Ústav pro českou literaturu AV ČR Institute of Czech literature of the CAS
Obsah vašeho košíku

Nemáte žádné položky v košíku

Meghan Leigh Forbes završí své stipendium v Praze přednáškou

Srdečně zveme 21. března 2023 od 15.30 hodin na přednášku Meghan Forbes. Příspěvek nazvaný Revolutions in Print: An Intermedial Approach to Czech Avant-Garde Book and Periodical Production se bude věnovat sbírce Konstantina Biebla S lodí jež dováží čaj a kávu, která vyšla v roce 1928 v typografické úpravě Karla Teigeho.

Přednášku v angličtině můžete vyslechnout v dolním sále Ústavu pro českou literaturu AV ČR (Na Florenci 3, Praha 1).

Anotace přednášky:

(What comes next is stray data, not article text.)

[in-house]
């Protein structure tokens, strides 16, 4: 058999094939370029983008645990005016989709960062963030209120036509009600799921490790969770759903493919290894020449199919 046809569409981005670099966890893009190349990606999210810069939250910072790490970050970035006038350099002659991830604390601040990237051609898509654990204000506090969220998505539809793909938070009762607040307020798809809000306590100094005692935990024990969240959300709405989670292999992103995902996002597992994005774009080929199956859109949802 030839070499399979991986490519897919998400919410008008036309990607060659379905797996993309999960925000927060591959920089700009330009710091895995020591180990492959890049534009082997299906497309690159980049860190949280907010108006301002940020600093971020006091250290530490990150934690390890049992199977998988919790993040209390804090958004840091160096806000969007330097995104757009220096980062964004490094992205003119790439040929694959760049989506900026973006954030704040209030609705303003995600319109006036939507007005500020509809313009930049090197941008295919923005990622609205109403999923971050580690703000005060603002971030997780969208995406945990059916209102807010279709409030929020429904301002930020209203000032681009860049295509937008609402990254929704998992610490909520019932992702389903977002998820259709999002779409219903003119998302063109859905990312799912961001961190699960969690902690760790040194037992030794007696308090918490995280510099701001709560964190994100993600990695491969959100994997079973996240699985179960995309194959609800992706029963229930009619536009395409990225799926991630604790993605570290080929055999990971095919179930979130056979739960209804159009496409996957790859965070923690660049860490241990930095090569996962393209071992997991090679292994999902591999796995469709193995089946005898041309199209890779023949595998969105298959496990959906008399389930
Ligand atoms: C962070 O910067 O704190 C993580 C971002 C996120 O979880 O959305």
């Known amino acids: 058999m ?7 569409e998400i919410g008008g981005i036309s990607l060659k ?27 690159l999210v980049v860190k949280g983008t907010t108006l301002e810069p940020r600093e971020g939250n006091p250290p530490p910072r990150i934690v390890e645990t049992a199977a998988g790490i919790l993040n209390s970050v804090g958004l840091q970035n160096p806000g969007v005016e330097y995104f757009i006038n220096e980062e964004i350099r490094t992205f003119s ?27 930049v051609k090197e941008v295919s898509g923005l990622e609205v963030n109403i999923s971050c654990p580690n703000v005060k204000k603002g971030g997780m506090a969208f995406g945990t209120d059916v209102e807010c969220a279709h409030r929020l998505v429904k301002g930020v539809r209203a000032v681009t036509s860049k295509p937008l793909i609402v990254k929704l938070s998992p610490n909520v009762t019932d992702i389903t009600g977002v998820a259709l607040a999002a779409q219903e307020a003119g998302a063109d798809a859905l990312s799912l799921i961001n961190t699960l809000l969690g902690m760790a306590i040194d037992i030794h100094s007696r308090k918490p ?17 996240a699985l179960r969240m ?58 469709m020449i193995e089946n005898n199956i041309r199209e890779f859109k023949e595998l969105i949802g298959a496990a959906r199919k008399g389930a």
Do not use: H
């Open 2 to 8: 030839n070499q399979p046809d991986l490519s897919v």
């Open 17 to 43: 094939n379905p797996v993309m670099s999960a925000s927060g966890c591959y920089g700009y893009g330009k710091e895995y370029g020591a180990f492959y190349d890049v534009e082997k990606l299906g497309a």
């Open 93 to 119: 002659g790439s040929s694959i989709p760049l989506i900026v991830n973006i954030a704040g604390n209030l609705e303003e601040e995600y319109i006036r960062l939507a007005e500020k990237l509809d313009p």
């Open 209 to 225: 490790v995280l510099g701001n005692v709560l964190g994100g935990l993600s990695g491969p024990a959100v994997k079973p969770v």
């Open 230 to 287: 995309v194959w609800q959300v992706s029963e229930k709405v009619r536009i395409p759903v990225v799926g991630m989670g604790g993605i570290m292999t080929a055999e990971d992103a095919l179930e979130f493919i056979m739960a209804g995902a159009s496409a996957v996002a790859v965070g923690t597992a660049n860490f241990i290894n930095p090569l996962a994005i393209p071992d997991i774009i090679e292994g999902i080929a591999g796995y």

This talk offers a general overview of the author’s current book project, titled Technologies for the Revolution: The Czech Avant-Garde in Print, which looks specifically at the book and magazine publications of Devětsil in the 1920s. Conceived as an exhibition space in print, the manuscript sheds new light on Poetism through an object-based analysis of various media—architecture and typography, poetry, photography and film, as well as performance—to propose a more synthetic and variegated understanding of Devětsil’s unique contribution to the interwar European avant-gardes. On the occasion of this lecture at the Institute for Czech Literature, the focus will be on the book’s final chapter and keystone object: that is, Konstantin Biebl’s S lodí jež dováží čaj a kávu (With the boat that carries tea and coffee), illustrated with typomontages by Karel Teige, which, it will be argued, stages a revolution in form and content. Biebl and Teige’s book makes visible both an engagement with the tools of mechanical reproducibility towards the avant-garde project, as well as the imperial impulse that is pervasive in work of Devětsil. Reading the poetry and illustrations of S lodí jež dováží čaj a kávu alongside Biebl’s photographic documentation from his travels to Java, and in conversation with the dancer Míra Holzbachová’s “Javanese Dance” for the Devětsil stage, this talk interrogates how artists and writers of a nation without imperial holdings nevertheless engaged in art making in the interwar period that reflects a colonial imaginary.